Crisis Management: How to Innovate in a Crisis

Rosalind Brewer

Lesson time 08:41 min

A crisis can transform a learner into a leader. In this lesson, Roz shines a light on how some of her most challenging moments were also some of her greatest learning experiences. She reminds leaders—present and future—of the steps they can take during any hard time.

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Topics include: The Philadelphia Starbucks Incident • Crisis Demands Innovation Under Pressure • Real Leadership Through a Crisis • Taking Action in a Crisis • Crisis Spawns Change


ROSALIND BREWER: This lesson is really centering around how innovation is spawned from a crisis. And we can probably go back in the history of our country, a history of the world, and think about how war, how famine, and all of these large occurrences have caused us to be something differen-- how we change. Think about how the auto industry really became an opportunity after the country really built itself around its infrastructure. And so it's really interesting to understand where your innovation can come from and where the creativity starts. And sometimes it starts when you're dead-center in the middle of a crisis. So in this lesson, I'd like to talk about how crisis can be the best learning moments and the best moments of acceleration. I'll share with you a time when I had just joined Starbucks as Chief Operating Officer. And I was just exiting my onboarding. I'd been with the company for maybe four or five months, running operations for the company. And lo and behold, we had an incident in one of our stores in Philadelphia. REPORTER: This video captured by a witness's cell phone shows police talking, and later, handcuffing the man while they were waiting for a friend. ROSALIND BREWER: I was actually getting messages from our security team that we had an incident in Philadelphia. But I get those reports every night. This one hit me a little different. It was exploding on social media. But it was exploding on Black social media. Two men were arrested in a store in Philadelphia. Later, I learned it was two Black men. And that raised a flag for me, and I immediately thought about my own family, my son. It hit me like a ton of bricks. And I knew I had to settle down and quickly get a hold of this situation. And this was a moment where Starbucks had set great policies around hospitality. When someone enters a store, how do you address them? And in this instance, we had a store manager that addressed two African-American males after they entered the store for 10 minutes, and asked them what beverage choice they were having, and they replied that they were there for a meeting. They were going to have a beverage, and they wanted to use the restroom facilities, which she allowed. They came back out of the restroom. And this store manager really prodded these two individuals. It later ensued an altercation, and the police were called in. Two police officers came in. Then, four officers, then an additional two officers-- before we knew it, there were eight police officers addressing two gentlemen that were there for a business meeting. I knew immediately we had a problem. And as the chief operator for the company, I felt responsible that either my policies had fallen down or our customer service level had underperformed. And in fact, that is exactly what had happened. In this instance, our policies were set when our stores had not become part of the community, where people co...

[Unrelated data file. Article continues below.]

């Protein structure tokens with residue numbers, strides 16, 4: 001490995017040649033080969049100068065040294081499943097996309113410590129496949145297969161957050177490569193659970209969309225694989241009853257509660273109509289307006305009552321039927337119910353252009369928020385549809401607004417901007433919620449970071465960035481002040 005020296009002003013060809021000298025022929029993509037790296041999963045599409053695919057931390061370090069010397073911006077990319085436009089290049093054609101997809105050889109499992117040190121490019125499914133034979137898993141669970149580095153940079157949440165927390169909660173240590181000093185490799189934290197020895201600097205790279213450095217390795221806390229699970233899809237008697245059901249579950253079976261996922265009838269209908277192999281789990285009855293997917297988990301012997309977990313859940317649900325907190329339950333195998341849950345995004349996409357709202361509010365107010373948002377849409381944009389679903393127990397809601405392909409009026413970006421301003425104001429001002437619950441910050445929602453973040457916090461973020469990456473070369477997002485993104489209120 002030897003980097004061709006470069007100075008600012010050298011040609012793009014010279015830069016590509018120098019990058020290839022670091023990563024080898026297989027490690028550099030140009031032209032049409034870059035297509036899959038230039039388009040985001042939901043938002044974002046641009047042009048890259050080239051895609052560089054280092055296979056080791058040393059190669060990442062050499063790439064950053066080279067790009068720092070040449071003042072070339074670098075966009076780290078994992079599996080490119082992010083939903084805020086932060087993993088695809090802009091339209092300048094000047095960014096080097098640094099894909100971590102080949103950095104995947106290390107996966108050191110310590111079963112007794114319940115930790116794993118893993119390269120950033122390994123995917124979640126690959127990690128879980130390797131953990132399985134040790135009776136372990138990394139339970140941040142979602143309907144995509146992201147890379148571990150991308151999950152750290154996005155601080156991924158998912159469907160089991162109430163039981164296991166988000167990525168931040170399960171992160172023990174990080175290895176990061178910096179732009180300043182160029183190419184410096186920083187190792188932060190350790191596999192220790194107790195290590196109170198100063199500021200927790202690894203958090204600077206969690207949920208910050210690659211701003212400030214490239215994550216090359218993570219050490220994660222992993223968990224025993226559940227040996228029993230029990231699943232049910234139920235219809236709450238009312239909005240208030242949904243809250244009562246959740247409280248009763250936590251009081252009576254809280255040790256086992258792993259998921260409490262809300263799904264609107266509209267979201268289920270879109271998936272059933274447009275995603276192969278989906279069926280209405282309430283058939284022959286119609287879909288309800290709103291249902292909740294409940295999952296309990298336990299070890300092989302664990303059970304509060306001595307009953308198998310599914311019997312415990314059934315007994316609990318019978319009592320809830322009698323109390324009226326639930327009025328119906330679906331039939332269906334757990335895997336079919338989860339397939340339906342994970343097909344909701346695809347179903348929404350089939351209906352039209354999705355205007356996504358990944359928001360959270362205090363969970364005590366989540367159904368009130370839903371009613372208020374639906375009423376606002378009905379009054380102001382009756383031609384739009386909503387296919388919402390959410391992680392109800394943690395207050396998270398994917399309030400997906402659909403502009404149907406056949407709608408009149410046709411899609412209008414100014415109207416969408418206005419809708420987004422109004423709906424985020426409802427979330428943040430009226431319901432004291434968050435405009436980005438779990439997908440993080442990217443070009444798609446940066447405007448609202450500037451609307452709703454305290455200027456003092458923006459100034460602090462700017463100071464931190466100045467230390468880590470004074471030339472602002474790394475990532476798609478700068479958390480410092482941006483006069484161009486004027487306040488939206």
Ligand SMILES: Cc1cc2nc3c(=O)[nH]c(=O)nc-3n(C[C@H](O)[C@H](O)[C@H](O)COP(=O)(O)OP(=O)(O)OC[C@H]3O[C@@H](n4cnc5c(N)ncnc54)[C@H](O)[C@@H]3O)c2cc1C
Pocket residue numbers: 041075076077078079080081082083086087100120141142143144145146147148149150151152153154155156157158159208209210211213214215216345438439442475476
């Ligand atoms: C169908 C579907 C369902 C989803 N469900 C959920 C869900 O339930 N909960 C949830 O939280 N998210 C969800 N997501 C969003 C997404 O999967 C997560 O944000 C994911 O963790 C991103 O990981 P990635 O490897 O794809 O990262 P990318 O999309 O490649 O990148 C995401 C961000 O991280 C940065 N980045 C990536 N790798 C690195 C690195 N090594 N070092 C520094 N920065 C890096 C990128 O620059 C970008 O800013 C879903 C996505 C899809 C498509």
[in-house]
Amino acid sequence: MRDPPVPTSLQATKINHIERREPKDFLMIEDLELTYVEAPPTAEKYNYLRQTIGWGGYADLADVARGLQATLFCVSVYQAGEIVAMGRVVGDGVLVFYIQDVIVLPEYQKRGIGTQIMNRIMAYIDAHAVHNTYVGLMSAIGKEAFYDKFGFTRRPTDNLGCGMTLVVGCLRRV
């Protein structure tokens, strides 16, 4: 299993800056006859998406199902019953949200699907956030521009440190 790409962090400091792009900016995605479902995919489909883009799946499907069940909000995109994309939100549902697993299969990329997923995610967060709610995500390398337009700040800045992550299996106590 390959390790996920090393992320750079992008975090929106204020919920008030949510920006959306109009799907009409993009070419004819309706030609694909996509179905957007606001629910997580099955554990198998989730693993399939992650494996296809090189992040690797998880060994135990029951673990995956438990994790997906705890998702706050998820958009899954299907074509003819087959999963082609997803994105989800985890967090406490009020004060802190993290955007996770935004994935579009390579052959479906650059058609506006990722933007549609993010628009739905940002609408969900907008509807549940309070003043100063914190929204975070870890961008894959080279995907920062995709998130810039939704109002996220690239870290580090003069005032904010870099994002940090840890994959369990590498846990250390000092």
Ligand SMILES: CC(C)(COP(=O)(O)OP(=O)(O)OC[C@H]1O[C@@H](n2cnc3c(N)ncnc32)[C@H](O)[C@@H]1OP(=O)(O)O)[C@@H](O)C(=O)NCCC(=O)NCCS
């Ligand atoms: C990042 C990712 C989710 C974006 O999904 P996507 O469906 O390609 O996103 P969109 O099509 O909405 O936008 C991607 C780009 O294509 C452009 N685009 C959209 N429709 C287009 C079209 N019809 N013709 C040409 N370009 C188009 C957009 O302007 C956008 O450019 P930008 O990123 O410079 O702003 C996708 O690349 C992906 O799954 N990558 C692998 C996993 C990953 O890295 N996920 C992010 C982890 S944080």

About the Instructor

After years of helming the ship at some of the country’s most iconic companies, including Walmart, Starbucks, and Walgreens, Rosalind Brewer has forged ahead in her quest to innovate while maintaining deep integrity. Now she’s sharing CEO-level strategies for team leaders of all types. Learn to promote innovation, gain buy-in on projects you believe in, and stand out as the leader you know yourself to be.

Featured Masterclass Instructor

Rosalind Brewer

Fortune 500 CEO Rosalind Brewer has transformed companies like Walmart, Starbucks, and Walgreens— now she’ll teach you how to make an impact at any level.

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